Friday, December 31, 2010

Cardamom and Pear Bavarian Cream Cake

Happy Birthday (ahem, a little belated) to my sister Rachael!  She's always been the silly, cheeky one, while me the quiet one with a inner closet cheeky personality waiting to jump out.  She's the one who has the sweet sweet smile that I wish I have.  However, do not let that fool you, for she has a little devilish personality that's waiting to prank you if you're not careful.  I know it because I've been the victim of the pranks more times than I can count.  I love you regardless, and HAPPY BIRTHDAY AGAIN!   And HAPPY NEW YEAR TO ALL!!

Mmmph!  Having a mouth full of this baby had me closing my eyes, and going off to dreamy land for a moment.  At the first bite, you get blasted with the flavor of cardamom in the soft creamy Bavarian cream, followed by a subtle pear and orange combination from the pear slices and orange chiffon cake.  I melted alright!  It was just how I dreamed for it to be.  If I were standing, I would have done a Snoopy dance around the room.  Although, on second thought, it's a good thing I was sitting down, for I went weak in my knees eating this baby up.

I was introduced to cardamom the spice earlier this year by a friend who has recently moved back to India.  I miss you guys!  I think it was love at first sight for me with cardamom.  I've been dreaming of this cake for a couple months now.  Finally I got down to pencil and paper, scribbled out the recipe and then, all that's left was for the director in me to yell: "ACTION!"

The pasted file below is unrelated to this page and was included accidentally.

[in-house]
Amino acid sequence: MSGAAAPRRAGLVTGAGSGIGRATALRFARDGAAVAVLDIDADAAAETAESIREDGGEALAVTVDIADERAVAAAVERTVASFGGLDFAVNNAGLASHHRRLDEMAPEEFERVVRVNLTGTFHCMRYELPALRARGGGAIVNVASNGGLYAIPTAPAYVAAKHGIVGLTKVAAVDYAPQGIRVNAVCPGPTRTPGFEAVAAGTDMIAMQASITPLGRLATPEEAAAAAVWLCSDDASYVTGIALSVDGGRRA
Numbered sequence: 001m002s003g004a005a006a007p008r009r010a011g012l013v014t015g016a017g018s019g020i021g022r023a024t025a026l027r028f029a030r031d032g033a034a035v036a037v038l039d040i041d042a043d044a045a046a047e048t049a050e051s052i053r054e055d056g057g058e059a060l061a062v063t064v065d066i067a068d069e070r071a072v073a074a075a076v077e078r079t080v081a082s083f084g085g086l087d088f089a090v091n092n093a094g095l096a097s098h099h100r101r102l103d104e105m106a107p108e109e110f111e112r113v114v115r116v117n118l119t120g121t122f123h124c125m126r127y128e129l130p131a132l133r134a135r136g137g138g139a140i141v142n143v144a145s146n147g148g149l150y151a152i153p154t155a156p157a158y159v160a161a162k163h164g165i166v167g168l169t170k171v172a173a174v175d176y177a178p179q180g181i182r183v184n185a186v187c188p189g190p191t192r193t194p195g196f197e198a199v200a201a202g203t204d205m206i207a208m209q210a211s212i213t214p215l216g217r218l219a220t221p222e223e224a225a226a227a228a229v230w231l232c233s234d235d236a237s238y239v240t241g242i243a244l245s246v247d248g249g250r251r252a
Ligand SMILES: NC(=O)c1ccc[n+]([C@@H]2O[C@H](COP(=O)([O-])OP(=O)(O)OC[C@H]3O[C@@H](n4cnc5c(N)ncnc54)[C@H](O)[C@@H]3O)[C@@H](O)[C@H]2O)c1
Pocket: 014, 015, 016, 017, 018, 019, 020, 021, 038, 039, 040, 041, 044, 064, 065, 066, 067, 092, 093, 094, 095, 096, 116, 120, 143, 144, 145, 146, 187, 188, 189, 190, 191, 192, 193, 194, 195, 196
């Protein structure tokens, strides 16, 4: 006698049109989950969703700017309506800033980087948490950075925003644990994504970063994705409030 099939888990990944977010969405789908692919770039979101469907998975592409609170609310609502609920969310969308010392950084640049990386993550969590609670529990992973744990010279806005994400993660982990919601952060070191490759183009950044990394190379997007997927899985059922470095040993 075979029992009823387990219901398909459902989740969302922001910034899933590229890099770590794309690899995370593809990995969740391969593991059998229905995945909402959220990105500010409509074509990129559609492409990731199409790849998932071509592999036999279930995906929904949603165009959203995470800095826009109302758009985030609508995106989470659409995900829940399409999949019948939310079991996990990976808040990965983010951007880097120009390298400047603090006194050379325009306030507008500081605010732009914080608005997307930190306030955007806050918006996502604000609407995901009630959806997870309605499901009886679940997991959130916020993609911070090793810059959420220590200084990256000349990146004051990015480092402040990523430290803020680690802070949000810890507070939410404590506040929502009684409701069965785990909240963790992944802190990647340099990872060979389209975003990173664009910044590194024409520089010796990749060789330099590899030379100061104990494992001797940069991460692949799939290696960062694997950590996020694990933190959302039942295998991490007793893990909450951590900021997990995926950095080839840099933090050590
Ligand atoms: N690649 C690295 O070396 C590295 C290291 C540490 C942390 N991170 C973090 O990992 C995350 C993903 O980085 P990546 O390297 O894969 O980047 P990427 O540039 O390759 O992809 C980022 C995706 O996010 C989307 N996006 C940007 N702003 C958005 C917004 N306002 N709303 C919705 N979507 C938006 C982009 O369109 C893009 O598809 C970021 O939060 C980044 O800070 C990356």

I've been planning on getting the cake done for a party this weekend, but decided to try it out first and bring Black Forest Cake instead to the party.  After trying this cake, I decided that it's too good to keep it to myself and I just gotta gotta gotta share this with my friends.  Before they get to eat it though, you guys get to see it here! :D

1- Gently crush the cardamom pods with the butt of a knife or in a mortar and pestle to release the flavorful seeds.
2- Before slicing the cake rounds, it helps to have a ruler and toothpicks around. Measure about 1/2 inch thickness and insert a toothpick into the cake as a marker.  Then using a sharp knife, or a serrated utility knife, cut the cake into rounds just right above the marker.
3- If you are new to cutting cake rounds, wrap the cake tightly in plastic wrap and freeze for about 12 hours before slicing.  This helps to harden the cake, and thus making the cutting action easier.
4- If you soak the pear rounds in salt water mixture, remember to rinse and pat dry quickly before cooking in milk.
5- If you don't have a plastic cake wrap, makeshift with a strip of parchment paper of at least 2"x20".  You can use clear tape to tape shorter pieces together.  Otherwise, use a 9" cake tin or spring-form cake pan for this purpose.
6- You can omit using the raspberries for decoration if you prefer.

Special thanks to Helene of Tartelette for her advise and recipe which I altered for the cardamom.